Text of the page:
National Bean Day was Wednesday and I had every intention of sharing 3 of my favorite bean recipes. But, I got carried away with all the different varieties and brands out there, and couldn’t narrow down my options. Until late last night when the unexpected urge to have chili hit me. Maybe it was because the temperature dropped to 25 after being in the 60s. That kind of volatility will drive you to stay home and cook.
Where I come from, beans are a staple and major element to our diet. They’re a fantastic source of protein and fiber. Even the more fattening one are good for you. Because beans are complex carbohydrates, they offer an extremely amount of energy and quickly fill you up, allowing you to avoid a super splurge on sugar just an hour later. From my unofficial research and survey among friends, black beans seem to be the most popular and favored as they’ve made the cross-over to American cuisine. I’ve worked with black beans my entire life and have found them to be the best go-to bean for meatless dishes requiring something meaty, earthy and of substance. Pour well cooked and seasoned beans over white rice (Jasmine or plain long grain) and you’ve scored a serious comfort meal.
Second to black beans, I’d personally say that garbanzo or chickpeas are top on the list of frequently eaten beans. While chickpeas are actually a legume, they are often mistaken for beans and are used and referred to as such. They come in many varieties and are extremely versatile, much like the black bean. It’s also very meaty and acts a great filler. We all love hummus, right? The white or light yellow colored garbanzo is responsible for the dip so often served with pita chips.
Because beans are so inexpensive and accessible to everyone, they’re used in a lot of different cuisines and meals. From fast food restaurants offering bean burritos, to the most exquisite star rated restaurant making a delectable bean purée, beans are in more places than you could possibly think of.
Now that it’s winter, it’s not question for me to keep my pantry filled with at least 6 different kinds of beans. I have to have enough options in the event I get sick of one. Eating black beans 4 days a week is not my idea of really enjoying them, though I’m totally guilty of having done that. Hey, beans always taste better the 2nd and 3rd day. Always. But, when you can make food like chili, a quintessential American stew bean stew of sorts, as I did last night, you can have all the fun in the world and play with mixing and matching little pods.
I hadn’t made a really good and robust chili in a while so I decided to get fancy and add ingredients I’d not usually incorporated into my recipe. There’s bar chili and then there’s really good chili! I consider this one to fall in the latter category. A bit of sage, truffle oil, lean meat and a combination of the right beans and you’ve got a bowl of chili good enough to package and market!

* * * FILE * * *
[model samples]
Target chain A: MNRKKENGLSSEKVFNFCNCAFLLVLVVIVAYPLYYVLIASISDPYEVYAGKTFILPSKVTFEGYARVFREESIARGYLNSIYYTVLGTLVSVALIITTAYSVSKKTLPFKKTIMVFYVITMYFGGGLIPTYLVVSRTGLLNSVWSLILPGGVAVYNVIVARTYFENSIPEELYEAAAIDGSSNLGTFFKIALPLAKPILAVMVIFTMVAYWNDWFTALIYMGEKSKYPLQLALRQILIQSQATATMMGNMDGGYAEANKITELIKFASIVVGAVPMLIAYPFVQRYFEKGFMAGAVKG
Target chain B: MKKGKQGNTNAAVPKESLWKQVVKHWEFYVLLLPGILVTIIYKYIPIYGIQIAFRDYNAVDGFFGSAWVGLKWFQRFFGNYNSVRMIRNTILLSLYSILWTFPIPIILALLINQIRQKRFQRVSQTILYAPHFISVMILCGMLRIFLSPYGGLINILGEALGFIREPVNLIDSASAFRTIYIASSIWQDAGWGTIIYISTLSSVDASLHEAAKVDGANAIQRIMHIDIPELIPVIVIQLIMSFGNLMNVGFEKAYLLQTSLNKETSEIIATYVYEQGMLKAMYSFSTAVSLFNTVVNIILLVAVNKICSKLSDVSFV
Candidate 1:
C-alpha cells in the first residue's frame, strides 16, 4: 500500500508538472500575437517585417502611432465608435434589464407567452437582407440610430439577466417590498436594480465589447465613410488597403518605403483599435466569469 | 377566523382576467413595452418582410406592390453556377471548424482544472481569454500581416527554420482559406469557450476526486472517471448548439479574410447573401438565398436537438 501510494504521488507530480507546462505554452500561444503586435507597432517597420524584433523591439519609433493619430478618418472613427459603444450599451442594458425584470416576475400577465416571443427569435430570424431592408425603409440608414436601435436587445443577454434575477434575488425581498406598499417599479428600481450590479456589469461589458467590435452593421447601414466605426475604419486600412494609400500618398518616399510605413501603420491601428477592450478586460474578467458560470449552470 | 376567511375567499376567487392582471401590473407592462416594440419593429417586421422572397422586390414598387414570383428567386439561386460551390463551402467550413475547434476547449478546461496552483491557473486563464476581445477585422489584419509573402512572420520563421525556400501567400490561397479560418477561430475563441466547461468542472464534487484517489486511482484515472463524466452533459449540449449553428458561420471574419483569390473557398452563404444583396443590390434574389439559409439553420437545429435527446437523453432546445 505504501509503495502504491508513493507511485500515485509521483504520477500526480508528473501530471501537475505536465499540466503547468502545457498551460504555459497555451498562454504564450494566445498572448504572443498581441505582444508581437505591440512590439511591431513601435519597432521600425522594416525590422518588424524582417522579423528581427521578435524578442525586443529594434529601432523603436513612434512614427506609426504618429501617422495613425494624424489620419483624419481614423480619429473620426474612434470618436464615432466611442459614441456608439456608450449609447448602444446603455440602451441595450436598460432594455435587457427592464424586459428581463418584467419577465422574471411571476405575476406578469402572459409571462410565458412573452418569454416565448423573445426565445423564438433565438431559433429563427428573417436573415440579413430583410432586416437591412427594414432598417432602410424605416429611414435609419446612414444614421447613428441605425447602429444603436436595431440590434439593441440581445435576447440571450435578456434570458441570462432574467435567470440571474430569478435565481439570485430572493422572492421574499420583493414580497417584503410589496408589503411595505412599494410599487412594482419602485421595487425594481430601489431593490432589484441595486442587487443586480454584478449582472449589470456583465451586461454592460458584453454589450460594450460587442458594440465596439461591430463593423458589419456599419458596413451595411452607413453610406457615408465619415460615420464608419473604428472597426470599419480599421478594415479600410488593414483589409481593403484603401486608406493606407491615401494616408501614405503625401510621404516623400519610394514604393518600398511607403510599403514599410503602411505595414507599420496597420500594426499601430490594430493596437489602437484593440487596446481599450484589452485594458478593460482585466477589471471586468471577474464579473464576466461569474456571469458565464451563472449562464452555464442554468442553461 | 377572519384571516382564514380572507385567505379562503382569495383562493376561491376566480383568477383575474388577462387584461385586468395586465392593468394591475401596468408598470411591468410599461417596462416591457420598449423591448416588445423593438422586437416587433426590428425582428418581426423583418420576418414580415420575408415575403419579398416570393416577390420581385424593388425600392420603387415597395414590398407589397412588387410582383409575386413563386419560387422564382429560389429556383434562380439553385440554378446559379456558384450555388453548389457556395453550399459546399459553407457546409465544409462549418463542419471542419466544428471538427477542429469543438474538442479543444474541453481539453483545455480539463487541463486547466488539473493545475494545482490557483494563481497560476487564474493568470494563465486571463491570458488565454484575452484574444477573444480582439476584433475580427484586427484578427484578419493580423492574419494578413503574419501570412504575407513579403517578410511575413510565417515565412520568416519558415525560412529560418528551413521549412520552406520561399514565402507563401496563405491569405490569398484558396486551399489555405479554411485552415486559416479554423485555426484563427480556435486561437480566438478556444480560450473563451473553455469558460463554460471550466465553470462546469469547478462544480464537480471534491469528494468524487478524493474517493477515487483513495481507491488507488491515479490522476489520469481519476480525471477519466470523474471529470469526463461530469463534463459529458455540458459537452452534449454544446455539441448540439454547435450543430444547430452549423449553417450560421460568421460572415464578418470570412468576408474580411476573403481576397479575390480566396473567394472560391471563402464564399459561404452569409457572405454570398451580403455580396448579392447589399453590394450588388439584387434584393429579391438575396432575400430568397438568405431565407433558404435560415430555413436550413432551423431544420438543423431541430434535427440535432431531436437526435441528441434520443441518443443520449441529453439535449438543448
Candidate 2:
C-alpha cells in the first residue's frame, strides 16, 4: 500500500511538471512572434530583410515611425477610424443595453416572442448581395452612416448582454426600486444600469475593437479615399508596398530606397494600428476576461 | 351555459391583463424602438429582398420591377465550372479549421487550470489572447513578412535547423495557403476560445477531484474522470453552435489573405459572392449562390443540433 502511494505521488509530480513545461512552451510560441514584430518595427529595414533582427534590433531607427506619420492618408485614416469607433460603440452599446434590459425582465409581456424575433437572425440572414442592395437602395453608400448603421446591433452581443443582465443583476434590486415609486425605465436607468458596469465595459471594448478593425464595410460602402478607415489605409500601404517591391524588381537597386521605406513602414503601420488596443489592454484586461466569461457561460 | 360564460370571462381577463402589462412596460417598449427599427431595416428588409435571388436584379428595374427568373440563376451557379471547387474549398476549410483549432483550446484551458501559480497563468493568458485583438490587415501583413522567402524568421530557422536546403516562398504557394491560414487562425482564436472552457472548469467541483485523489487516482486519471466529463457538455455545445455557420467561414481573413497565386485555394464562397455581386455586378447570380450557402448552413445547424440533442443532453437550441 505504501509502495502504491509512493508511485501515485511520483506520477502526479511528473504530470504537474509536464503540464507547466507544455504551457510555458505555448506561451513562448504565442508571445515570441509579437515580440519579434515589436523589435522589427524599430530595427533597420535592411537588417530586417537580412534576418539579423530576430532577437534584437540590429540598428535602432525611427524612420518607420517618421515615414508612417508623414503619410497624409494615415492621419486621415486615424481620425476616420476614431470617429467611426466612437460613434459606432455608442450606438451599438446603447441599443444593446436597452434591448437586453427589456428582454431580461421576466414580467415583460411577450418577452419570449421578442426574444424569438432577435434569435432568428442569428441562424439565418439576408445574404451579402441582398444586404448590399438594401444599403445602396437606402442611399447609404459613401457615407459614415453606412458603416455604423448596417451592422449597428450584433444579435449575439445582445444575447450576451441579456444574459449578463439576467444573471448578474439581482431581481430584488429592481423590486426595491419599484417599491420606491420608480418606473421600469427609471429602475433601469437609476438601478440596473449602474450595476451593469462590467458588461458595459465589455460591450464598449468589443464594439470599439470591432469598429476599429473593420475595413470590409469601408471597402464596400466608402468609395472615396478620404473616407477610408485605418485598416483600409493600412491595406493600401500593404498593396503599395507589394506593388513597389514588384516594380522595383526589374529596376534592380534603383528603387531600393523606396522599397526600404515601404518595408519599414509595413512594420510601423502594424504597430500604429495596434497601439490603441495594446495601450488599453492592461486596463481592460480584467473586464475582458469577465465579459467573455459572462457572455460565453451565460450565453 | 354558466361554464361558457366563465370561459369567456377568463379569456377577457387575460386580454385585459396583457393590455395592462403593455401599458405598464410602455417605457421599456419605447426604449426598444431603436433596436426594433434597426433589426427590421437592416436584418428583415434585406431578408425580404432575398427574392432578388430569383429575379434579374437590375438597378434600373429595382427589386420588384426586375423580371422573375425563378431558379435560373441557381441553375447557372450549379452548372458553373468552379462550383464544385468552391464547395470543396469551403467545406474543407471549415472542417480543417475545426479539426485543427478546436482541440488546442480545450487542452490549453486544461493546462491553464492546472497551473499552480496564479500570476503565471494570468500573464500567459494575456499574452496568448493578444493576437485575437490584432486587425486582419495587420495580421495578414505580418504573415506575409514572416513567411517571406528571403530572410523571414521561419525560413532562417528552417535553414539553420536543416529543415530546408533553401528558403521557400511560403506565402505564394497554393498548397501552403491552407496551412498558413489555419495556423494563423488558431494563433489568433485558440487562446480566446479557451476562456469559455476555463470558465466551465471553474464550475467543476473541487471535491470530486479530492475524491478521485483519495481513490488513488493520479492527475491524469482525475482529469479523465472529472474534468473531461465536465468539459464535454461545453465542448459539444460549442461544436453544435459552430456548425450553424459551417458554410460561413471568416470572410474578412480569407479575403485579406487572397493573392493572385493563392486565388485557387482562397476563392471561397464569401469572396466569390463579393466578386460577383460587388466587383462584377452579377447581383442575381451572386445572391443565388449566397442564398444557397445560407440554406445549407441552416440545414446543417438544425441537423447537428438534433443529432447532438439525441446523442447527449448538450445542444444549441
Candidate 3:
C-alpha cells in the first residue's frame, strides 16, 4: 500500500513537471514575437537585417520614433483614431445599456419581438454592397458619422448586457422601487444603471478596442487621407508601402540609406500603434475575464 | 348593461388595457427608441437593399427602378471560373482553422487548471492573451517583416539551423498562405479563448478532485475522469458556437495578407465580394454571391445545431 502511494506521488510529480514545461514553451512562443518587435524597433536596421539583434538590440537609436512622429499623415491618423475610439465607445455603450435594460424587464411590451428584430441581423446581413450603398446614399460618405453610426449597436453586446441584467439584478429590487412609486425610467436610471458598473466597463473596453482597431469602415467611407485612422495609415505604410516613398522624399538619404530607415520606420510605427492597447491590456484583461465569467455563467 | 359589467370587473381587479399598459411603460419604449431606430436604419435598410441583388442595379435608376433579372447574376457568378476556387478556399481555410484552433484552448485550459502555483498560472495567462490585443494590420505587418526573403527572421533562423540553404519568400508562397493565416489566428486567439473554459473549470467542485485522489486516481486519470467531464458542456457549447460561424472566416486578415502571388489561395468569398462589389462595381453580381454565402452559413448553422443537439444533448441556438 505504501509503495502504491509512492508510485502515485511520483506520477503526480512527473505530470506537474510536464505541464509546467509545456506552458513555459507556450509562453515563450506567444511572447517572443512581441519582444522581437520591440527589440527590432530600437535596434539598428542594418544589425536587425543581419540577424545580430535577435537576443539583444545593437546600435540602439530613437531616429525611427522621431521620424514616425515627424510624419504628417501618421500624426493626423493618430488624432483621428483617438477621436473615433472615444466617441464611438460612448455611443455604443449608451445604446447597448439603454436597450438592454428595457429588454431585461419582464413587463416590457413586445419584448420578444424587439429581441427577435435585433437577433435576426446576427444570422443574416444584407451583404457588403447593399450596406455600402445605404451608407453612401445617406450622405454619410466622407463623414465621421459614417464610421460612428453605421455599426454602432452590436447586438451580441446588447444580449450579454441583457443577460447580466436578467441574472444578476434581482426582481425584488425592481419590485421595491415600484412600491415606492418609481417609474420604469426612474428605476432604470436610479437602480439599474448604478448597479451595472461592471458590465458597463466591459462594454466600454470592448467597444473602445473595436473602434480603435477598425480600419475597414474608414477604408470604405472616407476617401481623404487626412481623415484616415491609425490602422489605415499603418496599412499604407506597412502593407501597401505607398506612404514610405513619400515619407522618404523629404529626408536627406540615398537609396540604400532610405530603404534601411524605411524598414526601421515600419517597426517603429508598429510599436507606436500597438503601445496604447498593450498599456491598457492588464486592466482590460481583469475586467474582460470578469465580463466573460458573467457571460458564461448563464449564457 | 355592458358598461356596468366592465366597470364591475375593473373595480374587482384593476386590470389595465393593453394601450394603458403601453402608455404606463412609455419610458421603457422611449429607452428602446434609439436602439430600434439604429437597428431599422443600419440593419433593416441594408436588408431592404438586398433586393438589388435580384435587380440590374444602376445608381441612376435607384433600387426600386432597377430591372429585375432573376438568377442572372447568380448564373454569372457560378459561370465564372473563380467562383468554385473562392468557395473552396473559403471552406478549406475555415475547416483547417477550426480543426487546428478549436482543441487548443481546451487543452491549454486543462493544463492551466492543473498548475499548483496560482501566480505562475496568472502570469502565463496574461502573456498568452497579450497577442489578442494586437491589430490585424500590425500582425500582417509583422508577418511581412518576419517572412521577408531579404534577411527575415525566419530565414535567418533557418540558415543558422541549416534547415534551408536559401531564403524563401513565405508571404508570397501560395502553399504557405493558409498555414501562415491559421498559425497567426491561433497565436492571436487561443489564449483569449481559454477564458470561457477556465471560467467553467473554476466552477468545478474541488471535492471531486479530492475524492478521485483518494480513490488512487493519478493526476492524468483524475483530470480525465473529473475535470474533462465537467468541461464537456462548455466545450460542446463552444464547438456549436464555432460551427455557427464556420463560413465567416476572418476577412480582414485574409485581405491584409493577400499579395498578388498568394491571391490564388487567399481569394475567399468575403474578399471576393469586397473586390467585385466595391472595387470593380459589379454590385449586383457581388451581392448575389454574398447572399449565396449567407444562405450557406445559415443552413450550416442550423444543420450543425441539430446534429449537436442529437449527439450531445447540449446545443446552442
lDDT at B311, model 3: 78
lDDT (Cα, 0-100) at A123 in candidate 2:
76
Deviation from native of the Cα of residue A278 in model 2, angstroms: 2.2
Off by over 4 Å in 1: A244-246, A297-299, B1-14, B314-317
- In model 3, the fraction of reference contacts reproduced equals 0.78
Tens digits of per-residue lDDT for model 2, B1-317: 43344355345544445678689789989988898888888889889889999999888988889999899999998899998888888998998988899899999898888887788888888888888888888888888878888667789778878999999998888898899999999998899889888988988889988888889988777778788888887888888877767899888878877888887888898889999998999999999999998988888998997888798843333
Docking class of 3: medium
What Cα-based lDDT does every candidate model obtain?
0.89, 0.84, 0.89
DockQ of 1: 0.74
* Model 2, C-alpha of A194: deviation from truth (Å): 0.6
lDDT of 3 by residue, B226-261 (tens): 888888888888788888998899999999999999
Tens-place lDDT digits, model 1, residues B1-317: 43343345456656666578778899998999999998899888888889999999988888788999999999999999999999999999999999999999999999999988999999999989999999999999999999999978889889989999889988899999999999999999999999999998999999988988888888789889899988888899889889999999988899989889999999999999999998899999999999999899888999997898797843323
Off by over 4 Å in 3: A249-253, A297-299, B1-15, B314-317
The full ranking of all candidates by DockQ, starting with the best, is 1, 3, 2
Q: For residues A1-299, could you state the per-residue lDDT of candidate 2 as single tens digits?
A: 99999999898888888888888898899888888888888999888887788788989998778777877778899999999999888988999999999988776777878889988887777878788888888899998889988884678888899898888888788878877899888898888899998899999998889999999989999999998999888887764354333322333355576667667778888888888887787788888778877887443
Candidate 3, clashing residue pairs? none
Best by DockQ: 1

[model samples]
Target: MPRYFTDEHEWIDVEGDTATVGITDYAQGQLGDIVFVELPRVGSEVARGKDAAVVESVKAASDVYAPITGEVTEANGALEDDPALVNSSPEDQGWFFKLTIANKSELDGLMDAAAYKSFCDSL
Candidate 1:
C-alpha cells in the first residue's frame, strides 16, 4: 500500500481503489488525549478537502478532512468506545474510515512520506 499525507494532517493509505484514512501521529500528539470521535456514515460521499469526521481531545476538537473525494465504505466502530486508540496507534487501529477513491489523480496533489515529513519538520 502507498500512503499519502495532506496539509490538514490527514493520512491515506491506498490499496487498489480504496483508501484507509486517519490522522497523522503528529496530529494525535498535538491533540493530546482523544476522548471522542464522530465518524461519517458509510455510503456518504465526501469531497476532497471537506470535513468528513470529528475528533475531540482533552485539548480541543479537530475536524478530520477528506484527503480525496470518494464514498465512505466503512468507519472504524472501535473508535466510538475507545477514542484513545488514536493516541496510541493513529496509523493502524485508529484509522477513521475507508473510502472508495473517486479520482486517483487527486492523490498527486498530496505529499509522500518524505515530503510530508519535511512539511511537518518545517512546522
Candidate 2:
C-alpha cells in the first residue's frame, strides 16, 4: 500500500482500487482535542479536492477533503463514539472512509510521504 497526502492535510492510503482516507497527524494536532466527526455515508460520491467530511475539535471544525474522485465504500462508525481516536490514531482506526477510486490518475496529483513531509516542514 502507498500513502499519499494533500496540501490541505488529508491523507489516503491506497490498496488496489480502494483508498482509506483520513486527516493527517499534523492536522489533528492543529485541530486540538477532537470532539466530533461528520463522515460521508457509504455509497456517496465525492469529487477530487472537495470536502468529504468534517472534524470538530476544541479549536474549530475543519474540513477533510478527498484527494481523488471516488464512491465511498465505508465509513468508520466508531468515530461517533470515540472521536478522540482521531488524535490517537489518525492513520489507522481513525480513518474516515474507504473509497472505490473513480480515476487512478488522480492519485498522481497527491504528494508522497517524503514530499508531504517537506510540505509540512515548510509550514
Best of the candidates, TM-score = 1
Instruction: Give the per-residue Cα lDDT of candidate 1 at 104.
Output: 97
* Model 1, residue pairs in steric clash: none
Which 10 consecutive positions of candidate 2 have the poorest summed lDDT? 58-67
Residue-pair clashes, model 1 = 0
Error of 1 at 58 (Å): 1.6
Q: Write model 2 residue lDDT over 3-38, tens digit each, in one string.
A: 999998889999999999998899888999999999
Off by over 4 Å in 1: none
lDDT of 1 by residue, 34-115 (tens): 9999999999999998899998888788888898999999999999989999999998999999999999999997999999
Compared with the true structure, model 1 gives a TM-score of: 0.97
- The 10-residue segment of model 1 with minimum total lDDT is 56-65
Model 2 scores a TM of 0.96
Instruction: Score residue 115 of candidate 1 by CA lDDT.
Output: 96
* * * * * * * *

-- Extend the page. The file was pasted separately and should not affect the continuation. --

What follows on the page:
For the fabulous two bean and sage chili recipe, check out the rest of my column on Dean & DeLuca’s Gourmet Blog here.
Eat well, love unapologetically, pray with true intention, and take care of yourself.
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- 1 lb. ground beef or turkey
- 1/2 cup dry garbanzos
- 1/2 cup dry kidney beans
- 3-4 large fresh tomatoes, chunked
- 1 medium green pepper, chopped
- 1 medium yellow onion, chopped
- 1 cup salt-free cup chicken broth
- 5 garlic cloves, minced
- 3 oz. tomato paste
- 3 tbsp. red wine vinegar
- 3 tbsp. chili powder
- 3 tbsp. black truffle oil
- 6 sage leaves, minced
- 3 tsp. salt
- 2 tsp. oregano
- 2 tsp. cumin
- 1 tsp. jalapeño, minced
- 1 bay leaf
- pepper to taste
Wash and rinse beans. Add beans, salt and bay leaf to 4 quarts of water in pressure cooker. Turn pressure to highest setting according to manual’s instruction and turn heat to high. When pressure cooker begins to hiss, reduce heat to medium and allow beans to cook for 40 minutes. While means are cooking heat truffle oil in large non-stick or stainless steel skillet. Add meat and fork apart using wooden fork. Cook meat until brown, scraping up any extra browned pieces. Add tomatoes, red wine vinegar, cumin, oregano, sage, onions, garlic, and green pepper. Combine well and cover. Cook on medium-high heat until tomatoes being to cook down and become liquid. Turn off heat on bean and release all pressure from pressure cooker. Uncover pressure cooker and add meat and tomato mixture to beans. Add black pepper, chili powder, chicken broth and tomato paste. Mix well and cover pressure cooker with regulator on it. Cook on low-medium for another 15 minutes. Remove pressure cooker from heat and allow all pressure to be released.
Garnish with fresh sage leaves and serve with garlic roasted tortilla chips. Yields 6 bowls.